Report: More than 29,000 live in poverty, more than 8,000 children

65,000 people are low income in Crawford, La Crosse, Monroe and Vernon counties

More than 29,000 people living in Crawford, La Crosse, Monore and Vernon counties lives in poverty. That’s according to a new report from CouleeCap, a nonprofit organization serving the needs of low-income families in those four counties.

The Face of Poverty in the Coulee Region report uses the latest data from the U.S. Census Bureau to inform and educate the public on what poverty looks like in the area.

The organization said fortunately the numbers aren’t rising, but they also aren’t improving.

The report finds that 14 percent of the residents in four county service area lives at or below that poverty line.

A family of four is considered poor by the federal government if its gross cash income is less than $24,250; a family of three, $20,090; family of two, $15,930; and an individual $11,770 or less.

But based on those same numbers, even more are considered low income.

“So more than 65,000 people in our four county area are considered low income,” Shelly Teadt, director of planning with CouleeCapp, said.

Teadt said while these numbers have stayed relatively flat in recent years, there is one specific demographic seeing a higher number living in poverty.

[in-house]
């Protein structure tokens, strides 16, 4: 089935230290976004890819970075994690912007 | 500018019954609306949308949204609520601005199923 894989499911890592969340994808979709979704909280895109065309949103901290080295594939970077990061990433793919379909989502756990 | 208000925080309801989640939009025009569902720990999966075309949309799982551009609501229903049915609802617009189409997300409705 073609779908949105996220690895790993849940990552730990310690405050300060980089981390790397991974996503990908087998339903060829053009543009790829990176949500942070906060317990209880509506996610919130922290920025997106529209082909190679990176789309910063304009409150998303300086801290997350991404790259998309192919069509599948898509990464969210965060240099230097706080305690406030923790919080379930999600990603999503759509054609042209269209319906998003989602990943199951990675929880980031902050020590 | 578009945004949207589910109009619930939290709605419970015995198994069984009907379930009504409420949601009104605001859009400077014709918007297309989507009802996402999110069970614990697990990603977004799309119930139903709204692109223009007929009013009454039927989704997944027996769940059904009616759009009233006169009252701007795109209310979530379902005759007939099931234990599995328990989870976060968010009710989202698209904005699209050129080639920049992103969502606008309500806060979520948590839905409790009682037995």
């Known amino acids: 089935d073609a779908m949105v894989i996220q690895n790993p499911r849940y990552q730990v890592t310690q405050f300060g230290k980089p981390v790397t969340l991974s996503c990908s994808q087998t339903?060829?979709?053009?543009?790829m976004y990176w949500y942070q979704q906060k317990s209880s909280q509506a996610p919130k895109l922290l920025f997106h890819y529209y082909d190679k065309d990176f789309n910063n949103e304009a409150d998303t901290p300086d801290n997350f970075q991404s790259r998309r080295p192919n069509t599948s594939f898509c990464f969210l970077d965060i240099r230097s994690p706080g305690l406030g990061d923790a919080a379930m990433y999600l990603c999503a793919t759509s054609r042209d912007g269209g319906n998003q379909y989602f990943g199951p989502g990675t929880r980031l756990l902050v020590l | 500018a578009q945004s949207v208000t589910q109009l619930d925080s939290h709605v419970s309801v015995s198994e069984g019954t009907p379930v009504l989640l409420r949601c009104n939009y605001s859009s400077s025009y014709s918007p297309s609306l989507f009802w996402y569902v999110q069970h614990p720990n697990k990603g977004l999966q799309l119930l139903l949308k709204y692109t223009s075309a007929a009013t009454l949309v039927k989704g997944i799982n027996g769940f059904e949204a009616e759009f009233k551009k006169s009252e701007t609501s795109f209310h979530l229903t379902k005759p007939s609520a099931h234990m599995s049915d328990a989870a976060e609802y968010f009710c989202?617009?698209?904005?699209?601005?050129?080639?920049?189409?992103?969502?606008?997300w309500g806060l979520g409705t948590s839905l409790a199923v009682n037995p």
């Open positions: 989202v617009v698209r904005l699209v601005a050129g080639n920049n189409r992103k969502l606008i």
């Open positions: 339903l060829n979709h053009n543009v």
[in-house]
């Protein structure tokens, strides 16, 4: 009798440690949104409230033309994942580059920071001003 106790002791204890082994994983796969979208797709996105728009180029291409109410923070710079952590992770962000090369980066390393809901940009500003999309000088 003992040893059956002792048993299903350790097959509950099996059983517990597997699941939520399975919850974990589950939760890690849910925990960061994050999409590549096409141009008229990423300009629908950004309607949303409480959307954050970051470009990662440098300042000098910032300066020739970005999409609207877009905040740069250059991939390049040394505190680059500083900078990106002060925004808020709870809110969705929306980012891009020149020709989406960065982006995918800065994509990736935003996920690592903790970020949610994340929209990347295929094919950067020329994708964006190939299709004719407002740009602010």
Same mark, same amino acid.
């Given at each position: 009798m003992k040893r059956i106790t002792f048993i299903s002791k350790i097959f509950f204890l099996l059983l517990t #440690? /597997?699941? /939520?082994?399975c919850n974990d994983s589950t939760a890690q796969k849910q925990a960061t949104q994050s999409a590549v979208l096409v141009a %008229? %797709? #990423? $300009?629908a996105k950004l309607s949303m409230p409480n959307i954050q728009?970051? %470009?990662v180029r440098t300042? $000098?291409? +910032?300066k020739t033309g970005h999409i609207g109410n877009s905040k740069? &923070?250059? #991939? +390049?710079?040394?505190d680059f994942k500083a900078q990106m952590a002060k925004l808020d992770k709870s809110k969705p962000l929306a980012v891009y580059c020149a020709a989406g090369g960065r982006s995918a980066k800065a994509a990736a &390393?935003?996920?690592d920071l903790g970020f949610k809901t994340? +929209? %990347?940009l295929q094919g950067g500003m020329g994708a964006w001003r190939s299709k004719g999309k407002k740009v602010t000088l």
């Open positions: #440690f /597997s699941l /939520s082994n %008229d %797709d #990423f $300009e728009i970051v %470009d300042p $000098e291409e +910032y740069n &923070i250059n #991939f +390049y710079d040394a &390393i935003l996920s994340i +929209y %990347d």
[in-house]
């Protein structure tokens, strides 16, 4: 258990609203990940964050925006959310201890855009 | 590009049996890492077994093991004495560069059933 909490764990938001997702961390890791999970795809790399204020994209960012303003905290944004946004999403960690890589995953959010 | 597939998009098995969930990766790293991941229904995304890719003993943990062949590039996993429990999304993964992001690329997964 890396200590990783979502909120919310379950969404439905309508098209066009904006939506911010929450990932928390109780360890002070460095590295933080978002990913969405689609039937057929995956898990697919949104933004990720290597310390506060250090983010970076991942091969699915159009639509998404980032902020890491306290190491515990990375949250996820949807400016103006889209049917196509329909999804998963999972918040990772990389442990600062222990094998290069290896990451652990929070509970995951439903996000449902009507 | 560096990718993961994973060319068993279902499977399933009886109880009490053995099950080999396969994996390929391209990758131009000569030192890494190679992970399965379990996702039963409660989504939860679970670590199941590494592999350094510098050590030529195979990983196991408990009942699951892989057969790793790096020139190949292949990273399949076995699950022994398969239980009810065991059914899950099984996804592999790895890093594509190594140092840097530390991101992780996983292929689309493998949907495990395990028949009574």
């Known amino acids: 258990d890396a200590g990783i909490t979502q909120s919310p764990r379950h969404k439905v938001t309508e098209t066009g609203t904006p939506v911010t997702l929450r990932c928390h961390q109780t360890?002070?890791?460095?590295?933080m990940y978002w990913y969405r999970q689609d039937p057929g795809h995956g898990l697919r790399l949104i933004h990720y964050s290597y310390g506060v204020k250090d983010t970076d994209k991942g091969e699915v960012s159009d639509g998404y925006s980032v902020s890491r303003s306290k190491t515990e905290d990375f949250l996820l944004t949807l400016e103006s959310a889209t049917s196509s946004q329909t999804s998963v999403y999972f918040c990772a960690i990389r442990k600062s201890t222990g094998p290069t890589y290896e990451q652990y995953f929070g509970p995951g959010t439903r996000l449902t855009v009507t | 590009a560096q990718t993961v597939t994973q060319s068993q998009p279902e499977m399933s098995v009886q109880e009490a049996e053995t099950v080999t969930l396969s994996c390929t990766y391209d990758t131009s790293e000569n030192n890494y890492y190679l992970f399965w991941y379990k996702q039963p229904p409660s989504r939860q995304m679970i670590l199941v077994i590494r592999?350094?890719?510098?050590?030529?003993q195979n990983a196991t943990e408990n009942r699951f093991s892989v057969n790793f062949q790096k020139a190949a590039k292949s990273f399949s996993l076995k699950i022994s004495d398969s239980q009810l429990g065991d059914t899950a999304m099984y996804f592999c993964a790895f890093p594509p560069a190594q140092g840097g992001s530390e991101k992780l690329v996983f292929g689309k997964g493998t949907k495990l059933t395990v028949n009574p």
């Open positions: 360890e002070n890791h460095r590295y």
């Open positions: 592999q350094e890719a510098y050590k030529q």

“Over the last number of years we are seeing the percentage of children who are living in poverty are increasing, especially in Monroe and Vernon counties. It’s approaching almost one out of every four kids live in poverty,” Teadt said.

In all four counties combined, there are 8,061 children under the age of 18 are living in poverty, according to the report.

Teadt said the more than 65,000 people who are considered low income are struggling to afford basic needs such as housing, transportation and food.

The Face of Poverty report said more than 19,000 people received food assistance from a food pantry last year. WAFER, the largest food pantry in the La Crosse area, said it has seen consistently high numbers in recent years.

“When the recession started in 2008, that’s kind of when our service numbers started to go up, we hit a peak in 2011 and while we have come down slightly from that peak, it still remains consistently high,” WAFER Executive Director Erin¬†Waldhart, said.

Teadt said there is a lack of job opportunities paying a living wage for the parents or caregivers in Monroe and Vernon counties. She said that is the No. 1 reason so many kids today are living in poverty in those counties.

Teadt said it is not advocating for a rise in the minimum wage, but said even a slight increase from the current $7.25 an hour to $9 or $10 an hour would have a significant impact on those low income wage earners.